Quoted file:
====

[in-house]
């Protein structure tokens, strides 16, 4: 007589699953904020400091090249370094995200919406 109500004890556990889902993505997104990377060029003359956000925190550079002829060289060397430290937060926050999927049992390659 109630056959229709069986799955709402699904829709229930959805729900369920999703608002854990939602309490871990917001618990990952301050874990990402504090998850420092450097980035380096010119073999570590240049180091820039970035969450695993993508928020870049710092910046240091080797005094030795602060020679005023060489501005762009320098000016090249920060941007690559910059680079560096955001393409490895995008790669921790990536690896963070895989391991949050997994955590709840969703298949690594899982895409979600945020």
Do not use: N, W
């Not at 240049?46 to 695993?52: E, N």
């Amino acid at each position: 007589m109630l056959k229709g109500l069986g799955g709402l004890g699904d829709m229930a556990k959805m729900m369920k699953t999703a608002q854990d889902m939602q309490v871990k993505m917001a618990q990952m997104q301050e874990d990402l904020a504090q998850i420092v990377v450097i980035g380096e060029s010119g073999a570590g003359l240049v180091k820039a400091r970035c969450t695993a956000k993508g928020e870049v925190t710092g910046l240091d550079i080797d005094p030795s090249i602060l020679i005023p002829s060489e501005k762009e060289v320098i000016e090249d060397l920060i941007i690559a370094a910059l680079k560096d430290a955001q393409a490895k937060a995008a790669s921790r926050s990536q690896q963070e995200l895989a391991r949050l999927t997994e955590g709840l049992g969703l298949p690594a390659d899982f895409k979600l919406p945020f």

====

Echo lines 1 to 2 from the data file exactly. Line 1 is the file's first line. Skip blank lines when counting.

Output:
[in-house]
């Protein structure tokens, strides 16, 4: 007589699953904020400091090249370094995200919406 109500004890556990889902993505997104990377060029003359956000925190550079002829060289060397430290937060926050999927049992390659 109630056959229709069986799955709402699904829709229930959805729900369920999703608002854990939602309490871990917001618990990952301050874990990402504090998850420092450097980035380096010119073999570590240049180091820039970035969450695993993508928020870049710092910046240091080797005094030795602060020679005023060489501005762009320098000016090249920060941007690559910059680079560096955001393409490895995008790669921790990536690896963070895989391991949050997994955590709840969703298949690594899982895409979600945020």